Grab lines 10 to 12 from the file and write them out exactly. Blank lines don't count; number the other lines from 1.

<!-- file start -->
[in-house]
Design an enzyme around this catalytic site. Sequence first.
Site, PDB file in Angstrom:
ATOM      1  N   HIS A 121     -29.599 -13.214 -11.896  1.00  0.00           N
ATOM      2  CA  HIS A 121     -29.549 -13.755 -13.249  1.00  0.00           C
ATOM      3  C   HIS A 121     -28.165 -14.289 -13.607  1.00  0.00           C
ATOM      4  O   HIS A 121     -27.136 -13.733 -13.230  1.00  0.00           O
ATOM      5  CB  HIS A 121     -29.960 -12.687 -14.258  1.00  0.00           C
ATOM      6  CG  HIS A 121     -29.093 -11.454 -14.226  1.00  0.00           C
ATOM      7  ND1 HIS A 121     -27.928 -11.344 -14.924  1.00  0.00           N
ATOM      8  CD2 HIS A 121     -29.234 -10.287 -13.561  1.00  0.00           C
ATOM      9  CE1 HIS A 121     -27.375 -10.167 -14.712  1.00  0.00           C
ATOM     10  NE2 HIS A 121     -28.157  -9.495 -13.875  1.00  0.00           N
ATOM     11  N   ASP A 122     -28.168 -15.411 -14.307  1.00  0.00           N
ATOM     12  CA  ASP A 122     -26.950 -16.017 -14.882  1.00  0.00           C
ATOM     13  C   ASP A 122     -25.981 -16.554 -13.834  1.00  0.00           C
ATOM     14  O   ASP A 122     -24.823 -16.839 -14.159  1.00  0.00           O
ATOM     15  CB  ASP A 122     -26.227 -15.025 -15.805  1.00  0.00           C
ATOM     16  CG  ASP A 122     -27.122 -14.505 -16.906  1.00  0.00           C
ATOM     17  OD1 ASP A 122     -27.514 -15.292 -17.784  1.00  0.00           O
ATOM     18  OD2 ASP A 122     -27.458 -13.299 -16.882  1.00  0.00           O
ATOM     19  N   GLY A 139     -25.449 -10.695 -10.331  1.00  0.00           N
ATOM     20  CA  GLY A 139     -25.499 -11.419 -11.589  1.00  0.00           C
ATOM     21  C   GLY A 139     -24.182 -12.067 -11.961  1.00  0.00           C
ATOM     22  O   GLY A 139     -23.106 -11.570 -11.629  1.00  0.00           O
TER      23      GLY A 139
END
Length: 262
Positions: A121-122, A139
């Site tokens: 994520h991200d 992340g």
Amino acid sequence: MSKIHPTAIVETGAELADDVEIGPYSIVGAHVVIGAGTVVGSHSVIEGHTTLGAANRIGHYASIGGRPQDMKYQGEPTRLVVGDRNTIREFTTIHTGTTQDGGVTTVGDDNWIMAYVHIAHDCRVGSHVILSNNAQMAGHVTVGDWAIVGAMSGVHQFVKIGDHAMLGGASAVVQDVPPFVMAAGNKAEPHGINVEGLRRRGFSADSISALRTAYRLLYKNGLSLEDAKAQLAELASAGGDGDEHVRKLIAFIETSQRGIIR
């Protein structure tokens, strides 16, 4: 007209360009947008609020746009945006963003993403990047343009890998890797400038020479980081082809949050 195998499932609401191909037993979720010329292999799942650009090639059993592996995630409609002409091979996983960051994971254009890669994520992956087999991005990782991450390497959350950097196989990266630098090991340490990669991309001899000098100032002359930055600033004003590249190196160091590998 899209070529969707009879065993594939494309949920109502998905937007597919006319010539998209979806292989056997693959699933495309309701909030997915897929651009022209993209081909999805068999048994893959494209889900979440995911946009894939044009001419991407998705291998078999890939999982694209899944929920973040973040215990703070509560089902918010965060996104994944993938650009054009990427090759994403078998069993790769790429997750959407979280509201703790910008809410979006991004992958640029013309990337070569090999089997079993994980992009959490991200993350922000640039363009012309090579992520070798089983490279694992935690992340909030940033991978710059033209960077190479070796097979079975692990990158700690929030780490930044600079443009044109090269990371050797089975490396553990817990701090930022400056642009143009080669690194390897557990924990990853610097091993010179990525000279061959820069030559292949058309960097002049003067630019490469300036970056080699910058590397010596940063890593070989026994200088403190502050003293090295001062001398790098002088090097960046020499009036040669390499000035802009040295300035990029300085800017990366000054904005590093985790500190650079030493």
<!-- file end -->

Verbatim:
ATOM      7  ND1 HIS A 121     -27.928 -11.344 -14.924  1.00  0.00           N
ATOM      8  CD2 HIS A 121     -29.234 -10.287 -13.561  1.00  0.00           C
ATOM      9  CE1 HIS A 121     -27.375 -10.167 -14.712  1.00  0.00           C